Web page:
Stick a ball in your pyjamas, gargle with garlic and suck a dummy – nope, not some kinky parlour game but Old Wives’ cures for snoring.
Who hasn’t suffered the noisy honks of a bedtime companion, or realised the snoring from one’s own nose has led to a sore throat in the morning?
Given the preponderance of people affected by snoring – an estimated 30 million in the UK – it’s unsurprising a host of unorthodox “cures” have been concocted.
But the question is: do any of them actually work? In a bid to find out once and for all, the British Snoring & Sleep Apnoea Association (BSSAA) put the top ten to the test with 2,000 volunteers.
Among them: sewing a tennis ball into the back of pyjamas, drinking milk, eating horseradish, phonetic exercises, gargling with garlic, sucking a dummy, rubbing toothpaste under the nostrils and sleeping without pillows. The results? None of them did the trick.
“As expected not one of the volunteers had stopped snoring,” says Marianne Davey, director of the BSSAA.
On the contrary, the so-called remedies often ended up causing more trouble – from sore necks and dry mouths to “nearly choking on the dummy” and even the problematic removal of toothpaste from moustaches. So what on earth can be done to stop the habit? The answer, according to the BSSAA, is to pinpoint the cause and then adopt one of a number of scientifically proven treatments.
To mark National Stop Snoring Week, the charity is promoting an online ‘test’ to help sufferers determine what’s making them snore. A series of simple multiple choice questions guides the user through to the most likely cause and advises of the best cause of action.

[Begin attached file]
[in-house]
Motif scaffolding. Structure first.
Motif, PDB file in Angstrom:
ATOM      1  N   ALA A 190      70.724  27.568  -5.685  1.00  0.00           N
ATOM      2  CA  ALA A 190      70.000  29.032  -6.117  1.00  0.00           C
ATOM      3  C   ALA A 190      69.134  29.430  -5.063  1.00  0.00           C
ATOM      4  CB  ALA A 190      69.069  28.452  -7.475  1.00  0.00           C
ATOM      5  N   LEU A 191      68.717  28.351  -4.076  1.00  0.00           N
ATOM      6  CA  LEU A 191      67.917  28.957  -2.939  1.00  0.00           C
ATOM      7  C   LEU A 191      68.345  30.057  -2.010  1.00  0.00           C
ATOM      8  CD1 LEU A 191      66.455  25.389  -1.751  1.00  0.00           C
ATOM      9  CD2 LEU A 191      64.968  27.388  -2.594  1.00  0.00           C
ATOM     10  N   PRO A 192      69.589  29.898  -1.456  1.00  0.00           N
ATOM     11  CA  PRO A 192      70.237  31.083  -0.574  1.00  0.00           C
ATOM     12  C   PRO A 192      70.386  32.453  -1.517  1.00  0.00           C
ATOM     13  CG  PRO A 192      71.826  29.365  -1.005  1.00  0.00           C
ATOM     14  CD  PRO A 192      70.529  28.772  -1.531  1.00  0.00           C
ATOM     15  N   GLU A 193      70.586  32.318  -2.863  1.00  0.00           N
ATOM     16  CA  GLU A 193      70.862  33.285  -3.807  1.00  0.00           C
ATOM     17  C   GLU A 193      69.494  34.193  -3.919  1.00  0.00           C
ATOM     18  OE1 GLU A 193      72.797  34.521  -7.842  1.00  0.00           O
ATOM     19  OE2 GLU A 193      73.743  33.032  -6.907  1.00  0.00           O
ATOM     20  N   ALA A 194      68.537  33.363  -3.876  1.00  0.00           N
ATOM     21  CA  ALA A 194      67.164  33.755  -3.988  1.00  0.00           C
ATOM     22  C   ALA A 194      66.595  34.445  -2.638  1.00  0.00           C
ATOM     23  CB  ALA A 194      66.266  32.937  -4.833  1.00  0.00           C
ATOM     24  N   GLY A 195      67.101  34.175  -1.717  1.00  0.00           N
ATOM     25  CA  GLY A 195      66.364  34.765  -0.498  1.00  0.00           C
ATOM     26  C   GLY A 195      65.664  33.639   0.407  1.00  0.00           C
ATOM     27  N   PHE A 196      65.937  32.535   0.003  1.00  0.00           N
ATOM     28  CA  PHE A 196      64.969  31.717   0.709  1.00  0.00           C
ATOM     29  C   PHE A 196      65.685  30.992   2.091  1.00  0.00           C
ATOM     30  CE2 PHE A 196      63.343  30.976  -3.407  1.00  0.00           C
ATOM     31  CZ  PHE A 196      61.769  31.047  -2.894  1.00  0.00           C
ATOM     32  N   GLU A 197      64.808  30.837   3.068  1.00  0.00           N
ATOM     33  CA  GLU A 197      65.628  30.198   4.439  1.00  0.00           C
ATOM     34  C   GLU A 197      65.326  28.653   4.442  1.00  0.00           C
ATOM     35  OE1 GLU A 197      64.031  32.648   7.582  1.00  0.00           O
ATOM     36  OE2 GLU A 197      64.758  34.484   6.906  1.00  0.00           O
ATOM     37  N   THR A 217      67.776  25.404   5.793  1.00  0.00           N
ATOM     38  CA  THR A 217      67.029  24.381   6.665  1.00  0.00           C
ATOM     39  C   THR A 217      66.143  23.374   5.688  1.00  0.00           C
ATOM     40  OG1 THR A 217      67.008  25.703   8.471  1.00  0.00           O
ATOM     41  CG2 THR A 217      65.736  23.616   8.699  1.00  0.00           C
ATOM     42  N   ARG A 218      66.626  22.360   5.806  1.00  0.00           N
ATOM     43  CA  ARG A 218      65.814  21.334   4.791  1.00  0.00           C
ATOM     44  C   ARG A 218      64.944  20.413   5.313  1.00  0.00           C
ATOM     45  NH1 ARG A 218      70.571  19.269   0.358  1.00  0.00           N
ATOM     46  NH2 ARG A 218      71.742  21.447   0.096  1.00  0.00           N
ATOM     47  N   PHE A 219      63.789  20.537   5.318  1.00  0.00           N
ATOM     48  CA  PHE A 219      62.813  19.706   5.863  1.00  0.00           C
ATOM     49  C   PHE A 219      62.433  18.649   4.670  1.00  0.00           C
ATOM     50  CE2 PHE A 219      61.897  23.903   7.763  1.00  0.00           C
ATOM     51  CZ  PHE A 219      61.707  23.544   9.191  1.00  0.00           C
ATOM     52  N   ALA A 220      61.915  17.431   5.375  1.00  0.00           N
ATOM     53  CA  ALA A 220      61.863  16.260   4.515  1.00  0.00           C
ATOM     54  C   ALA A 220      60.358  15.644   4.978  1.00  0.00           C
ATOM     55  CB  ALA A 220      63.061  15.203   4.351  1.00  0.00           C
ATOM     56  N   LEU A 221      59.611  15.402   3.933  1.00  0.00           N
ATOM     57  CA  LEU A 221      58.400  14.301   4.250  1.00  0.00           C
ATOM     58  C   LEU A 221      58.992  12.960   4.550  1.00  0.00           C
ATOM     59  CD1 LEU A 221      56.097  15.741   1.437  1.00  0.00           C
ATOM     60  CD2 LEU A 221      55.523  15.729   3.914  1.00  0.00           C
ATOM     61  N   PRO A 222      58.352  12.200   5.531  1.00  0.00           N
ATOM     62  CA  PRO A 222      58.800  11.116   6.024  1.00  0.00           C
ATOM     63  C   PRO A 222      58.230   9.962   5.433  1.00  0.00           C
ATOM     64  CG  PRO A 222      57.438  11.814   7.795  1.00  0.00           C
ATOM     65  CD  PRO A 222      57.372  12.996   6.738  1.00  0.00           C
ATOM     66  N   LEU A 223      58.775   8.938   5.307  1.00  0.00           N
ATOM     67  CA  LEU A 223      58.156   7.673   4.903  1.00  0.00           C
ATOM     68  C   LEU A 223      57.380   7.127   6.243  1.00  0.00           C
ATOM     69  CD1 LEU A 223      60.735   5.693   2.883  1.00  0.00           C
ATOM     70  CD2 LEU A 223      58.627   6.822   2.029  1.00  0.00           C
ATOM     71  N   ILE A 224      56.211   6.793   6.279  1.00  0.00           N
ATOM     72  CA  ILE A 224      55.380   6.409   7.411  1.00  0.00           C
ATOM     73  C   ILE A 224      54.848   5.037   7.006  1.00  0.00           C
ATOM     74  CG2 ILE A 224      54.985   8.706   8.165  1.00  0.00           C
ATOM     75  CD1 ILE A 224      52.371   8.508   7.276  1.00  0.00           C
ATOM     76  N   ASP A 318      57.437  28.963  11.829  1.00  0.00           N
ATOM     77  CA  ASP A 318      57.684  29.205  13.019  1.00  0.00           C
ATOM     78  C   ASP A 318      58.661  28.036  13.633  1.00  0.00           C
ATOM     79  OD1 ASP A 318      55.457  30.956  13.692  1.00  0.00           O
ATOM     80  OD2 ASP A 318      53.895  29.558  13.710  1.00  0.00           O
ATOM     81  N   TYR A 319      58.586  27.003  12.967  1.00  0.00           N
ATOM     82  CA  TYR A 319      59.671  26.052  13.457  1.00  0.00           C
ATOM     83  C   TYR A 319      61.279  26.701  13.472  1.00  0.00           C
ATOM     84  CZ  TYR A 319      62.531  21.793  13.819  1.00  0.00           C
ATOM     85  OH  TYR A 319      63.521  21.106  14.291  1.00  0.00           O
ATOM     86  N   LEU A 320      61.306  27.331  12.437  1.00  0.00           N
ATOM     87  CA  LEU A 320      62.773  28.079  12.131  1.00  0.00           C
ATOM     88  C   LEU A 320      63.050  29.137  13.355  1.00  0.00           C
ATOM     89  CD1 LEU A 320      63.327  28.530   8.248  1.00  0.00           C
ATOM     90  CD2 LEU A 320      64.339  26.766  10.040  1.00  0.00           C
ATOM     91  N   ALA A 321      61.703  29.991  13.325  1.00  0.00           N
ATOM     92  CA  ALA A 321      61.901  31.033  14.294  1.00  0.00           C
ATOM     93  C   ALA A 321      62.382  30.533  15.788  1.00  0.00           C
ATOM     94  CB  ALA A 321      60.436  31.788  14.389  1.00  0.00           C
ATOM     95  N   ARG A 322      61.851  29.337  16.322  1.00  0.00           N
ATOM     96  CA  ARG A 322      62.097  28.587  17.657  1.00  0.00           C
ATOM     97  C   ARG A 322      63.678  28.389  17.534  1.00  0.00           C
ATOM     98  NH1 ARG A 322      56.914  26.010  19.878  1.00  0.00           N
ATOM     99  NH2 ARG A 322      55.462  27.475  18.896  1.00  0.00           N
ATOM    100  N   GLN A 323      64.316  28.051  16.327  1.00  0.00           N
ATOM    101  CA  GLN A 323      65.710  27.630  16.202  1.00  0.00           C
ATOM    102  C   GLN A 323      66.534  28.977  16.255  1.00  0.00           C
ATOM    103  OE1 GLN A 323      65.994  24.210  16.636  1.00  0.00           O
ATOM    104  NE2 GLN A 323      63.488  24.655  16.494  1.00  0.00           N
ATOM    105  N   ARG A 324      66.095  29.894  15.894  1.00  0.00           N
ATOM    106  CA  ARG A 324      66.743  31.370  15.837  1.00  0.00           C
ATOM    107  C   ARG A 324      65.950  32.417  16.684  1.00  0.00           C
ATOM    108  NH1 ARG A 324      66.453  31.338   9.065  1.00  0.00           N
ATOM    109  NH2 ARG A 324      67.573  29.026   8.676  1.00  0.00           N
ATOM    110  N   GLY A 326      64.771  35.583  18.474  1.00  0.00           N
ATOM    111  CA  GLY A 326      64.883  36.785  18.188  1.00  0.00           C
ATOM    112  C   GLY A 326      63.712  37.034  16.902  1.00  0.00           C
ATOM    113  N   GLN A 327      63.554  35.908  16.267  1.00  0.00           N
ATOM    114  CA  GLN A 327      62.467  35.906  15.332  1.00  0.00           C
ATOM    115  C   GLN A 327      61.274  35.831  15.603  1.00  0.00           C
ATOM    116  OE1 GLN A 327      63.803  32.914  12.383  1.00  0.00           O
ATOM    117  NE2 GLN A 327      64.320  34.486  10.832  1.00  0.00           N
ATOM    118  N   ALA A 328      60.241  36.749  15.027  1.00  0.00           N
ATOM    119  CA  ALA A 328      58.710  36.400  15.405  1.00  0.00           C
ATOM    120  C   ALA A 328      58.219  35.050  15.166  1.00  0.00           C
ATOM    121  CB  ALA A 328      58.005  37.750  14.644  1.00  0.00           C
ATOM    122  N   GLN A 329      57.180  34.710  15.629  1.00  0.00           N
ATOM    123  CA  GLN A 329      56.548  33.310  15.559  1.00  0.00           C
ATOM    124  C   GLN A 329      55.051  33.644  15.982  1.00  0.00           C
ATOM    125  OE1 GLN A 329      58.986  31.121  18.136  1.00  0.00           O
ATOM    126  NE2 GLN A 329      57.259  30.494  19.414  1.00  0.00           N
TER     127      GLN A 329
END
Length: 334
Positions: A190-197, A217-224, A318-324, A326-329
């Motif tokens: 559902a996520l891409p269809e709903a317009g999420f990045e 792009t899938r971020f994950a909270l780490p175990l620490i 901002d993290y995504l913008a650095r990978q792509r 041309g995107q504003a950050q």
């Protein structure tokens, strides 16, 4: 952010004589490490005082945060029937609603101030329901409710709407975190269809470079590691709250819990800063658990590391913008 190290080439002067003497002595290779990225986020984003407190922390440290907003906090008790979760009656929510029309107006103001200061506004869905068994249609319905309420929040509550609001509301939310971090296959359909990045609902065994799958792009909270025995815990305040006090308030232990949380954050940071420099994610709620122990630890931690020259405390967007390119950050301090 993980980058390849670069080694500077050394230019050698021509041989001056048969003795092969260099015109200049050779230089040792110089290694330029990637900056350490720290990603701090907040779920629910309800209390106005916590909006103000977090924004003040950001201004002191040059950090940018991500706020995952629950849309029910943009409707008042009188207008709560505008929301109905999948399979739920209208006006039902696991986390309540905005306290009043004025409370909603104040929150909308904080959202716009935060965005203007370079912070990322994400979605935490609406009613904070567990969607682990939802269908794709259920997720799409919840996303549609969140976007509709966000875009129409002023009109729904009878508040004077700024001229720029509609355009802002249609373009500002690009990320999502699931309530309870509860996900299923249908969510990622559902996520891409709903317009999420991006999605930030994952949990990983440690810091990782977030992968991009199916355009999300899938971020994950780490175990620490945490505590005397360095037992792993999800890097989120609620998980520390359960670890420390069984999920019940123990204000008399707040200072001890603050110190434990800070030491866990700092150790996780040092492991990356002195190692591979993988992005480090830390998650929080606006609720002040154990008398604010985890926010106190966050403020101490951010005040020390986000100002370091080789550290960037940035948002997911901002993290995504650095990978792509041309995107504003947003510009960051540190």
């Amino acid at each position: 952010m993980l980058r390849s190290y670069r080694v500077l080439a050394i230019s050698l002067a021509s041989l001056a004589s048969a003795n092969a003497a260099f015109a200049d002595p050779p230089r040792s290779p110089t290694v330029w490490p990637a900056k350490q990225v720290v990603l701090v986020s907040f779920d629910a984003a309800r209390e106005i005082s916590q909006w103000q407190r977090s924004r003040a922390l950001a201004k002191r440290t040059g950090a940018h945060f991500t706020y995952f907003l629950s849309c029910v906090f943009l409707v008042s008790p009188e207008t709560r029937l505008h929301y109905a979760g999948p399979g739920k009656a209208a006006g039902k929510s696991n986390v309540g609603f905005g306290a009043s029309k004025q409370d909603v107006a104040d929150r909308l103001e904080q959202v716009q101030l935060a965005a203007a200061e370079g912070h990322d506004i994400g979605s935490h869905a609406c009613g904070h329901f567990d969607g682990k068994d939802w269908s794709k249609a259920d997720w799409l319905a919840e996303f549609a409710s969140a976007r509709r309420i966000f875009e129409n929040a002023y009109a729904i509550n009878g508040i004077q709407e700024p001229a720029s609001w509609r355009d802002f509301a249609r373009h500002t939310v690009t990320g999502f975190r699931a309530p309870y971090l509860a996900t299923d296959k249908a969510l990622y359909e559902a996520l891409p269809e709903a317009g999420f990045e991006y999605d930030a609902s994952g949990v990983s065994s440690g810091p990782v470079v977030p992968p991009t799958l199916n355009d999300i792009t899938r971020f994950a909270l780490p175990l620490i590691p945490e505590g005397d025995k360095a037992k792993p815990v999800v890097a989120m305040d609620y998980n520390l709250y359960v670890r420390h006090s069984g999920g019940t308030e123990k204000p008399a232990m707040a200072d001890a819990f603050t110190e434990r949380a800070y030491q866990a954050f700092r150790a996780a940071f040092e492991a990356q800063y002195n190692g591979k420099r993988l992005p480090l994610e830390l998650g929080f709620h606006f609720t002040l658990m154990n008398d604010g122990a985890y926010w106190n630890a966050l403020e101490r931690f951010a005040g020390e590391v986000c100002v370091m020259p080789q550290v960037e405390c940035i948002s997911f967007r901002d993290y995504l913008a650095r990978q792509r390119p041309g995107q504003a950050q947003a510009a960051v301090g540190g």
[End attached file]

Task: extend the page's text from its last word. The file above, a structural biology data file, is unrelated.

Reasons for snoring include:
Other causes include issues with the mouth, nose or throat, such as simply being a ‘mouth breather’, to having polyps in the nostrils. Treatments range from losing weight and exercising more to cutting out alcohol and cigarettes, nasal dilators, or something called a Mandibular Advancement Device, which holds the lower jaw and tongue forward, making more space to breathe and prevent snoring.
The fact is that while snoring is often seen as cause for amusement, to those who suffer it can be far from funny. The average snore is around 50 decibels but can reach up to 100 – while the World Health Organisation cites the threshold for noise disturbance at 42 decibels.
As Davey says: “We estimate that at least half the nation is disturbed by snoring. It most definitely is a serious matter in a relationship and can, and has been, the cause of relationship breakdown and divorce.”
Some types of snoring can indicate more severe problems such as sleep apnoea, where the breathing is affected during sleep. A key symptom would be excessive sleepiness during the day, in which case you should visit your GP. And persistent snoring can also damage the throat and even has associations with serious conditions such as stroke.
Which is why establishing the root cause is vital. Adds Davey: “The key to resolving the problem is to first find the cause and then treat it with an appropriate remedy.” To take the interactive snoring test go to BSSAA snore tests or for more information, see British Snoring & Sleep Apnoea Association